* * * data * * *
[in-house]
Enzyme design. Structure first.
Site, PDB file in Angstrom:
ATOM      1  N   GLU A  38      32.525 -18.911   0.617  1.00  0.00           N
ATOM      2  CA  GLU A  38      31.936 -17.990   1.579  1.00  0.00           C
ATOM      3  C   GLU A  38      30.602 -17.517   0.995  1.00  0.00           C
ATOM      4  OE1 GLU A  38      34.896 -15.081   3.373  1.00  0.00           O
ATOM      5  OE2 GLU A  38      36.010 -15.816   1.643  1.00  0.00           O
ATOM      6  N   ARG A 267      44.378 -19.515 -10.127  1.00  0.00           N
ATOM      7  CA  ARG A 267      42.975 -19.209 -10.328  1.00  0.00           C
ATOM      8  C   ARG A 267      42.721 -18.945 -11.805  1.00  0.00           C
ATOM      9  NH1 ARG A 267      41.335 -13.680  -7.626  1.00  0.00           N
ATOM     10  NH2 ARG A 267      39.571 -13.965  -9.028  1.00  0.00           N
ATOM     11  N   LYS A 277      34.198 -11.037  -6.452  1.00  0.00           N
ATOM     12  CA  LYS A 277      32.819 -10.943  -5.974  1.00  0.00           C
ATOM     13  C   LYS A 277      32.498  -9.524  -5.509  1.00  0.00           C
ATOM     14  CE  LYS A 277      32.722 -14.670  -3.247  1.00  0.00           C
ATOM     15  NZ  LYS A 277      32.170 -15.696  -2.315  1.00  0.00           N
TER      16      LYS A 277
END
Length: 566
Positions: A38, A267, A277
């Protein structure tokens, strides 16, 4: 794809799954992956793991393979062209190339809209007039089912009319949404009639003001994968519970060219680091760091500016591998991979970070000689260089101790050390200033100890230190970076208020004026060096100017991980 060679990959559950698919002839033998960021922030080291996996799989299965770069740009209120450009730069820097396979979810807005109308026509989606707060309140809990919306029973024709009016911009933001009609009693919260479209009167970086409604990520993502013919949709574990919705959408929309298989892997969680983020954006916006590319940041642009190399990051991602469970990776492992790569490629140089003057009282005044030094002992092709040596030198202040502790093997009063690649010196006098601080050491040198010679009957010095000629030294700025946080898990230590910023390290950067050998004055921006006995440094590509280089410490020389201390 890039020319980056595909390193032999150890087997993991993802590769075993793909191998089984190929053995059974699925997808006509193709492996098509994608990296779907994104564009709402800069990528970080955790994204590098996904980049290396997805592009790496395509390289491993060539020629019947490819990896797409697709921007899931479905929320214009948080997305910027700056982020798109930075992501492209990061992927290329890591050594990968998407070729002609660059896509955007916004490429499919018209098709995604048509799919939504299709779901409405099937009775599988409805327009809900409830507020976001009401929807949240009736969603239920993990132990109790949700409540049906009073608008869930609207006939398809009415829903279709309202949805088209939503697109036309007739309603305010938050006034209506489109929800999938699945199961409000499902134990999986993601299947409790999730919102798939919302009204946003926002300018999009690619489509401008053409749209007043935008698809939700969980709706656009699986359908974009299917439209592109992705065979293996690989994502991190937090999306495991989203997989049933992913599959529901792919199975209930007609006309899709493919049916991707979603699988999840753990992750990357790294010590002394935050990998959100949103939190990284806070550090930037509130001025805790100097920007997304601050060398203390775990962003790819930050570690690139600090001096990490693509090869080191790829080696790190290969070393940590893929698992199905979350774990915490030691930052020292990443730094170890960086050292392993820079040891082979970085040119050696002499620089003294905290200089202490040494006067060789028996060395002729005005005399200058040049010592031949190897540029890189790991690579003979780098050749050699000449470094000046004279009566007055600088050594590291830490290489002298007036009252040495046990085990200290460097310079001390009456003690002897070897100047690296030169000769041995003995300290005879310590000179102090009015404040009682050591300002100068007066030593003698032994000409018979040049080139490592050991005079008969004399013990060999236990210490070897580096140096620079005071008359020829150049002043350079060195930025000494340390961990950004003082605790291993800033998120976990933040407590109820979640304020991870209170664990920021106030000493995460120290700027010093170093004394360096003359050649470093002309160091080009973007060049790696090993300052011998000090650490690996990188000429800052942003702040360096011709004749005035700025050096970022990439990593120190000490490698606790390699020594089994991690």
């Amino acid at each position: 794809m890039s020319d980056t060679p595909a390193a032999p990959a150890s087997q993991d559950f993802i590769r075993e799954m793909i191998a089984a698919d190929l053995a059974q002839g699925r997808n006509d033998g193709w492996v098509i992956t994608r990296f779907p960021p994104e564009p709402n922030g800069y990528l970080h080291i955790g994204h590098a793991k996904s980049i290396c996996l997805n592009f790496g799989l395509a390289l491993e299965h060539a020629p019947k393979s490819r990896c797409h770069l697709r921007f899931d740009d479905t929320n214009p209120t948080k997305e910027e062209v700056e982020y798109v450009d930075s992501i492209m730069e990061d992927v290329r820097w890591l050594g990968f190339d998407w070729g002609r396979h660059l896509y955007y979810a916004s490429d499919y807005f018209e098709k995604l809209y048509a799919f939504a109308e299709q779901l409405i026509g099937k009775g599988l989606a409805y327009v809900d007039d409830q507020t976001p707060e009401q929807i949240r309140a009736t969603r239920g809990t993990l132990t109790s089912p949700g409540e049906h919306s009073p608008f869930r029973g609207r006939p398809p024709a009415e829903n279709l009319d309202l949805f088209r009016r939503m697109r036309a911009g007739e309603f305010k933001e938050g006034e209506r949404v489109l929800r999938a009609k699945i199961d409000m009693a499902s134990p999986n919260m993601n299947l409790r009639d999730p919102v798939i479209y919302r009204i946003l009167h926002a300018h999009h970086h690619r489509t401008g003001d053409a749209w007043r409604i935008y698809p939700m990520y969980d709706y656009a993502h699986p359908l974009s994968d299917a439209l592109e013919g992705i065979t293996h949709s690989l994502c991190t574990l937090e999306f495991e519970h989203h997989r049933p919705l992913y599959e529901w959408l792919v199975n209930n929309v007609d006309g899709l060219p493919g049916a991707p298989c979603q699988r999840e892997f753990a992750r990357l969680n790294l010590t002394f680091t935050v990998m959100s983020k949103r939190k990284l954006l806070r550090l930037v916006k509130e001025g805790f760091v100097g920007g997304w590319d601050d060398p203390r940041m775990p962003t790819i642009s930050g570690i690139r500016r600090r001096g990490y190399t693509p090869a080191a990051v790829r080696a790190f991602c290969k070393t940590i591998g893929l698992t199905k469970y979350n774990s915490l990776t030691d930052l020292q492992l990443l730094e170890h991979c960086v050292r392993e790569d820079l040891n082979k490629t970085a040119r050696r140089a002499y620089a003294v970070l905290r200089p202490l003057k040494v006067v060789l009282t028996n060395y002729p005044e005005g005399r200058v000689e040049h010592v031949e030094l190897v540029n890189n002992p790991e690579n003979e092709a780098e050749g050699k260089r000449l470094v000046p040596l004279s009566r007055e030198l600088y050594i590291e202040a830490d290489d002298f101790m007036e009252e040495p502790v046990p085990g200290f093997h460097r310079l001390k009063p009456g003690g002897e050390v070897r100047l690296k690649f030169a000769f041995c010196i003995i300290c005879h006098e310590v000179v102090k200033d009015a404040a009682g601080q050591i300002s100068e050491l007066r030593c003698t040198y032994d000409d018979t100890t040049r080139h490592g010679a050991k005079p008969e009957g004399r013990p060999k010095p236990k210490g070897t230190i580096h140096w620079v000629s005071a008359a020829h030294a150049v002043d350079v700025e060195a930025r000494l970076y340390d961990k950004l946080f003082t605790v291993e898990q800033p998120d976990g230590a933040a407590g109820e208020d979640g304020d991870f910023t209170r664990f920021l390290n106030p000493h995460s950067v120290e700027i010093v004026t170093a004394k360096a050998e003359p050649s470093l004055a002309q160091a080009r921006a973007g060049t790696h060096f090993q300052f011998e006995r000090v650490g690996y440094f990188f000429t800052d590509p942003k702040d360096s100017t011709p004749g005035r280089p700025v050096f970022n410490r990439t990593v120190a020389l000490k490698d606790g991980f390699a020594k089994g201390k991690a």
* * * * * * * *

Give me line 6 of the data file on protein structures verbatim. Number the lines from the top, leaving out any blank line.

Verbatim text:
ATOM      3  C   GLU A  38      30.602 -17.517   0.995  1.00  0.00           C